I grew up playing both ice and inline in Norcal. I've lived and played in WI, OH, MA and PA and it still amazes me the number of ice hockey players who know litterly nothing about roller hockey and how organized it has become (relatively speaking). Many don't know if there are boards, what kind of surface there is, or if we use a puck or a ball. Some are even surprised when I tell them there are referees. Many of these players I played Jr.s or college with...This also is aproblem when looking for substantial sponsors I find.
It's true ....the legacy of inline hockey is that it was basically street hockey moved indoors.....So many who have not played it at an organized level have the impression that it is to be looked at as a simple extension of ball street hockey...which of course it is....but it's a very lengthy extension lol.
02-07-2005, 12:35 PM
*** WARNING - SHORT NOVEL LENGTH HERE ***
There are an EXTREME amount of differences between the ice and roller hockey. Unfortunately for the information you requested, us "players" over look many of them because we get caught up in a routine and we tend to over simplify things.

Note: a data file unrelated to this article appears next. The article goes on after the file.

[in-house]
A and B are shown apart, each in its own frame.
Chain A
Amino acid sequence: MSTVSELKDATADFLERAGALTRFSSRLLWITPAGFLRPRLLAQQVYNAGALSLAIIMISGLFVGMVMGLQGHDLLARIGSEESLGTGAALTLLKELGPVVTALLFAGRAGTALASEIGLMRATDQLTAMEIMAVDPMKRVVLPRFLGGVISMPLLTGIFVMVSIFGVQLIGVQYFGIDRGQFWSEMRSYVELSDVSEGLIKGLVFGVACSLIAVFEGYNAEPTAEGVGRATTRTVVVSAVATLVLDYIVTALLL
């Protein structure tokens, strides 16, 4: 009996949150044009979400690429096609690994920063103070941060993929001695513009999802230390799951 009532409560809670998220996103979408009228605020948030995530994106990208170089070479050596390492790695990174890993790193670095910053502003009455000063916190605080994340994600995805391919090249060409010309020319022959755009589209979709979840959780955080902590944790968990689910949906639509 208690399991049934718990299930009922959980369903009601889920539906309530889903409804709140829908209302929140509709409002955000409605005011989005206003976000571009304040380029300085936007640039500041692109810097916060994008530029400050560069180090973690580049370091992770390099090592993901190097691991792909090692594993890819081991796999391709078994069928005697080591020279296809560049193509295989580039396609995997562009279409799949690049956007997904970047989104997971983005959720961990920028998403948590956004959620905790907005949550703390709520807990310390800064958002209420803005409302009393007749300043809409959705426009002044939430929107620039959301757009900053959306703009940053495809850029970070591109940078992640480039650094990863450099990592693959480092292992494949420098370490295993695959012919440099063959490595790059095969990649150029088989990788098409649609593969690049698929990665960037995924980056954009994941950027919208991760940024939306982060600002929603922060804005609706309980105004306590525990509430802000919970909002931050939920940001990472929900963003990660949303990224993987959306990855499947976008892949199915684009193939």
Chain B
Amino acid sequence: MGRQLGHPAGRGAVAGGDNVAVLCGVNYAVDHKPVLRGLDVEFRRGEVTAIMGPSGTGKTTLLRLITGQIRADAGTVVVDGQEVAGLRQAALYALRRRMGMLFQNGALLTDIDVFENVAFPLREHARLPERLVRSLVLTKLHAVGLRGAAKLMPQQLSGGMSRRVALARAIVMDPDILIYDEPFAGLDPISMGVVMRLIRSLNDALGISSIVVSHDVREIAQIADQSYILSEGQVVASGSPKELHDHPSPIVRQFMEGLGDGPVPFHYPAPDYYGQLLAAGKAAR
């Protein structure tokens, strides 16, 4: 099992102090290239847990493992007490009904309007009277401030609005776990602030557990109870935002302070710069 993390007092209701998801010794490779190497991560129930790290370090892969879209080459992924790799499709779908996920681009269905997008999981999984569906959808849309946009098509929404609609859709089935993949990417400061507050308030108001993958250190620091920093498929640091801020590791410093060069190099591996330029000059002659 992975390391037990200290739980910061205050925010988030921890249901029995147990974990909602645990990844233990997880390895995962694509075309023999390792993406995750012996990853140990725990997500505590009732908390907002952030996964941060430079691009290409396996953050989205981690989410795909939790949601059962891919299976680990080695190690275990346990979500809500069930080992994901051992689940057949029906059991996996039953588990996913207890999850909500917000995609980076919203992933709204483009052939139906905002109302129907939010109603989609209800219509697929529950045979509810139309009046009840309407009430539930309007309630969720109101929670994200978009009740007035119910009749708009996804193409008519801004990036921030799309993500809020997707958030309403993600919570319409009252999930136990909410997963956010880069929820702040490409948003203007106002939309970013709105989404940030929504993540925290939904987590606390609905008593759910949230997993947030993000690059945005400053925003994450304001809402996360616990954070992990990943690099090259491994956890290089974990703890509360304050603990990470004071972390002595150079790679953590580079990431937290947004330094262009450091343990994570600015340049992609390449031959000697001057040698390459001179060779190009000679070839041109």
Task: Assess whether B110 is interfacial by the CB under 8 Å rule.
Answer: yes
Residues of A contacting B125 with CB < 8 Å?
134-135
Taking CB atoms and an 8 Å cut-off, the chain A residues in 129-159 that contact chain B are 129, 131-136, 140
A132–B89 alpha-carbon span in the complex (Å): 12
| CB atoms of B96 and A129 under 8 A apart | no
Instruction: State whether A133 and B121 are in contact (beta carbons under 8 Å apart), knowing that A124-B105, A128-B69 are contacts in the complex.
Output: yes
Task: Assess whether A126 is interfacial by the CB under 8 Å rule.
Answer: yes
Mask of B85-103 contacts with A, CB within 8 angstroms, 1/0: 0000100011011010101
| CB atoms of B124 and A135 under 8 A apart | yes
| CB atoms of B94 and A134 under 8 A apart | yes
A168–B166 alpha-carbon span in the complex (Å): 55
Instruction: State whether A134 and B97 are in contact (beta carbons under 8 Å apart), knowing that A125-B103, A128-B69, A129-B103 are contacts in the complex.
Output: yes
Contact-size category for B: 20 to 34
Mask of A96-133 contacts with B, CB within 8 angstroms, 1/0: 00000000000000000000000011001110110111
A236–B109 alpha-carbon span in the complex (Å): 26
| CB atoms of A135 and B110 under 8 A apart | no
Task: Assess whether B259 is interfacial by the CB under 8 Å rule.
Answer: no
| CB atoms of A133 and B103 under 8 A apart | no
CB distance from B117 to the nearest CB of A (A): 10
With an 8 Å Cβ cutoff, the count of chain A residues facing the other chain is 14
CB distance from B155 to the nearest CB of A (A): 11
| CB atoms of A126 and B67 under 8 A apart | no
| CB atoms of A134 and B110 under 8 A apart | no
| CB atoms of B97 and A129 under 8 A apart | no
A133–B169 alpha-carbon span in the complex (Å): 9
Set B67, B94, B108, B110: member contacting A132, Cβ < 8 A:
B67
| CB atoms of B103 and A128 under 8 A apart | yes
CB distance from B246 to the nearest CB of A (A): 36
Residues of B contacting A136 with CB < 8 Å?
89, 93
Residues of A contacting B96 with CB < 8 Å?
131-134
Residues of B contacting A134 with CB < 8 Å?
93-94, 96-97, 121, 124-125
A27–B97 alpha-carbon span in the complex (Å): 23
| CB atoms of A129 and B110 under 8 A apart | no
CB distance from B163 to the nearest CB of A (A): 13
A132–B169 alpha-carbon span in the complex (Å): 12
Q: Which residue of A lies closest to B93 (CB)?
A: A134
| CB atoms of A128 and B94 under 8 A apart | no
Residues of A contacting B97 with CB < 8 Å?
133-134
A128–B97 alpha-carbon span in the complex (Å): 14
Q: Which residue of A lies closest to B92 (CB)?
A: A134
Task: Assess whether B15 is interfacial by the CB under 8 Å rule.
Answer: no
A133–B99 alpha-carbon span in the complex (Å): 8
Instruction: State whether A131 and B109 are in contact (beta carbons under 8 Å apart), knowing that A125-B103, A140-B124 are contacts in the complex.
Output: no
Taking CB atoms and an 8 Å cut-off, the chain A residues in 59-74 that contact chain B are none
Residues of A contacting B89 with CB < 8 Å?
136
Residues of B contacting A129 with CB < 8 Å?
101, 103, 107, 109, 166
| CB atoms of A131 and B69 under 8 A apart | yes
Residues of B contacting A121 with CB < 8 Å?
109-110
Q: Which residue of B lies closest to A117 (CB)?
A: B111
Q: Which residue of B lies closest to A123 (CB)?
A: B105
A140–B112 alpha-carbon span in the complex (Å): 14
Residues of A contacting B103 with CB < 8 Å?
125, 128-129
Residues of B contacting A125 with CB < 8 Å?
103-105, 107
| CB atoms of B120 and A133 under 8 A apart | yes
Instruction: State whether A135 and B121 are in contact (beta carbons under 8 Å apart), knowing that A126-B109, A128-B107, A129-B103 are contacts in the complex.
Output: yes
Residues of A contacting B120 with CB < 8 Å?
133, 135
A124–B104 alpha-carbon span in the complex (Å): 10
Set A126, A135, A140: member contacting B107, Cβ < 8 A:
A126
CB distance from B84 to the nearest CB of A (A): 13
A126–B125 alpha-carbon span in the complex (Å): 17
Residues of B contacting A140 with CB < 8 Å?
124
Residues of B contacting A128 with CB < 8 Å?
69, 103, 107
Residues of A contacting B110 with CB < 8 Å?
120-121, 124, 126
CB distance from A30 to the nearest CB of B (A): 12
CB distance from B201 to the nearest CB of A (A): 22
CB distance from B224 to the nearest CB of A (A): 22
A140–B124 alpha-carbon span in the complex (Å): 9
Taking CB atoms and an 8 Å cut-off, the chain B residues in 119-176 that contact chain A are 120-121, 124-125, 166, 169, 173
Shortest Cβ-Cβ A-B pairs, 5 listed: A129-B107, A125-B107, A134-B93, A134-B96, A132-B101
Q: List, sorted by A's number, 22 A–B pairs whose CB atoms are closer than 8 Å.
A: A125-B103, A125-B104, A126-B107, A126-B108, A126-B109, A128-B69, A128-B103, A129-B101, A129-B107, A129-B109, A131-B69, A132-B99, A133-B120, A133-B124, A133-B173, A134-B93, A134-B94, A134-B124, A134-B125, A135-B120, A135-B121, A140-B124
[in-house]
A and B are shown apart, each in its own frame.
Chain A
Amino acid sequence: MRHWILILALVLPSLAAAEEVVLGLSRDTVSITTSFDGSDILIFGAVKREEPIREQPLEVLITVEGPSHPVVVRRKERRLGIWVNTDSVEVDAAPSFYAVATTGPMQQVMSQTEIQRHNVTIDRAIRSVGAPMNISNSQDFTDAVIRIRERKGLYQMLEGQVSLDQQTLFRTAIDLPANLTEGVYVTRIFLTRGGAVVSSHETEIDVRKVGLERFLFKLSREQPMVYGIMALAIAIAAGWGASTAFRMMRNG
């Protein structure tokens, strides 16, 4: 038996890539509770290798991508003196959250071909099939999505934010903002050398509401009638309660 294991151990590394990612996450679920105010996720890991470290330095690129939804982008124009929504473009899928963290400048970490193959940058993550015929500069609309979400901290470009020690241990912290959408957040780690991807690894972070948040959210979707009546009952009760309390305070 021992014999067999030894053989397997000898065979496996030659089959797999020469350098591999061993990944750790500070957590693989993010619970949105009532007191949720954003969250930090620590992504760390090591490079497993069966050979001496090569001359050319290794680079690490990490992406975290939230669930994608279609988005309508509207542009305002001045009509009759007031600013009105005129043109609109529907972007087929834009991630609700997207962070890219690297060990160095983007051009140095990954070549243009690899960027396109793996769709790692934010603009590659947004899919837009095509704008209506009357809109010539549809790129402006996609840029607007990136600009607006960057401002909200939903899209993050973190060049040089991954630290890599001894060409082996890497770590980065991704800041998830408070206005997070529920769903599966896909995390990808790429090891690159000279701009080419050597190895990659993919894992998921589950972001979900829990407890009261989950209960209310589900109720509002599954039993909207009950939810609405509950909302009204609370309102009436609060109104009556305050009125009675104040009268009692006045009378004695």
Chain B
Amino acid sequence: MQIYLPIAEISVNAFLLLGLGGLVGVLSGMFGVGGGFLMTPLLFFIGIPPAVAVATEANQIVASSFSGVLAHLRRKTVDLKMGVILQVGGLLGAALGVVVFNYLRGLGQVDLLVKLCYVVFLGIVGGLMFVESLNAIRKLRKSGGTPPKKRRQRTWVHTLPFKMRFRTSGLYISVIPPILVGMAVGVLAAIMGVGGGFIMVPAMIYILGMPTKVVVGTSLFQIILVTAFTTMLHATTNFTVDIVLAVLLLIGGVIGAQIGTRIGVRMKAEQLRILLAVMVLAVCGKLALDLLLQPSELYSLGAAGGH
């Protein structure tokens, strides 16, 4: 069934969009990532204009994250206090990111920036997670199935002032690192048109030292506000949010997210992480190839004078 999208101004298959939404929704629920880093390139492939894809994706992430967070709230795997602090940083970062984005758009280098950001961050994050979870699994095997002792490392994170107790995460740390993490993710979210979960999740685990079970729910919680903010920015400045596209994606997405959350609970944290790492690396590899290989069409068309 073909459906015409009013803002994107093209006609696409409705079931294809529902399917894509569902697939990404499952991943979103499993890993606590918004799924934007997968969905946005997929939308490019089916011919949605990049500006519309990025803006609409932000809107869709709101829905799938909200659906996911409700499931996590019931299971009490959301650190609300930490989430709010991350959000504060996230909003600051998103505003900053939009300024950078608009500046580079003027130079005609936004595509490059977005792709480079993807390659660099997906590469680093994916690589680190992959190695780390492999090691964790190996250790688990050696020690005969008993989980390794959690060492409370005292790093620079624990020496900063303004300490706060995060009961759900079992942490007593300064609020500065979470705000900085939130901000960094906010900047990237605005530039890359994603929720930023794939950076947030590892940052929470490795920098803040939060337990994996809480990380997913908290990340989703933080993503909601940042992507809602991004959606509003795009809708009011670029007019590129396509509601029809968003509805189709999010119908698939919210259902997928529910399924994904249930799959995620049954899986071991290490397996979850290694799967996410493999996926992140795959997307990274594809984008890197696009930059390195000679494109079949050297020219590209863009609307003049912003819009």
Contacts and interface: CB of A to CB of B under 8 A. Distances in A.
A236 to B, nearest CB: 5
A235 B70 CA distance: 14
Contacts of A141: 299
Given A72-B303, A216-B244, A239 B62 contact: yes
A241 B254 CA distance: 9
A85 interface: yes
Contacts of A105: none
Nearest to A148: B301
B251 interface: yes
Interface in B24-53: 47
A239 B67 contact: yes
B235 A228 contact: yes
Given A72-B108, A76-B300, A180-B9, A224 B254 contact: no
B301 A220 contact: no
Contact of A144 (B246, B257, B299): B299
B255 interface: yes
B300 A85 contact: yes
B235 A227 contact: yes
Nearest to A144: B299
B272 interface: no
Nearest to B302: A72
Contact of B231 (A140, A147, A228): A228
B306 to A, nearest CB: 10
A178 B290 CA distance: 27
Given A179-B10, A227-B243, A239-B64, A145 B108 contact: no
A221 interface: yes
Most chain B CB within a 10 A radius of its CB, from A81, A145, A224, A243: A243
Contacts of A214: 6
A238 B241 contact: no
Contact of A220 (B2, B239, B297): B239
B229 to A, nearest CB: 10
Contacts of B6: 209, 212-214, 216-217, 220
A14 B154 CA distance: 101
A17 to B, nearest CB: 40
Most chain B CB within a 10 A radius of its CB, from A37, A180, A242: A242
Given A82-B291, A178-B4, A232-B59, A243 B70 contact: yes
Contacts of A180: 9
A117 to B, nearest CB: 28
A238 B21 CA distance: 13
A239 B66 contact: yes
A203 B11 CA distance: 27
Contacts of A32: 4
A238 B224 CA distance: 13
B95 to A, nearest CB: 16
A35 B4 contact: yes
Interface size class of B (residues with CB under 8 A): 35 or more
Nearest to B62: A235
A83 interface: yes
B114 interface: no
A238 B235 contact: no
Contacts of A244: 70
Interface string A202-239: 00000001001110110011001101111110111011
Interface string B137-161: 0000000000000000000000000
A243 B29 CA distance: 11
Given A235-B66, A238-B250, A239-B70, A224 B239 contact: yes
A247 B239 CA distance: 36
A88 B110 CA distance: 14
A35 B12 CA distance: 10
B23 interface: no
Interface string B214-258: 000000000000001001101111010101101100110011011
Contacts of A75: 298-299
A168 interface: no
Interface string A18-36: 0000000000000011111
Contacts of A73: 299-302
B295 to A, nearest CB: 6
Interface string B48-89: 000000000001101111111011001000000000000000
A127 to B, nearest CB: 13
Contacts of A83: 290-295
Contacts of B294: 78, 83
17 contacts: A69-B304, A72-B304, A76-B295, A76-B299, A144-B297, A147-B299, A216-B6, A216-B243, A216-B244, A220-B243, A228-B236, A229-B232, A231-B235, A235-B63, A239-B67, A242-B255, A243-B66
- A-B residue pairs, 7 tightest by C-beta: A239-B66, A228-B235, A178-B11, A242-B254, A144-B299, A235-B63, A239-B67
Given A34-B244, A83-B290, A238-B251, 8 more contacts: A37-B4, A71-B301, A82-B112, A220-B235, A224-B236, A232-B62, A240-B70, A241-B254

First, looking at the players themselves there are differences in preferred equipment due to the rule system. Ice hockey players are allowed to intentionally "check" one another (make intentional body contact for the purpose of gaining possession of the puck). These hits are usually frequent in the game and can be rather rattling. Players choose to wear shoulder pads to help diminish the frequency of shoulder/spinal injuries. Roller players are not allowed to intentionally check even though it does happen from time to time but not nearly as frequently or violently as in ice hockey. Most players in roller hockey decide against shoulder pads usually due to peer pressure (looking stupid) or frankly, ego. The equipment itself (when worn) is exactly the same as ice hockey and proper equipment certifications must be made for both sports. Jerseys seem to be made of a lighter material in roller hockey to help offset the lack of continuous cold air a player gets from the ice.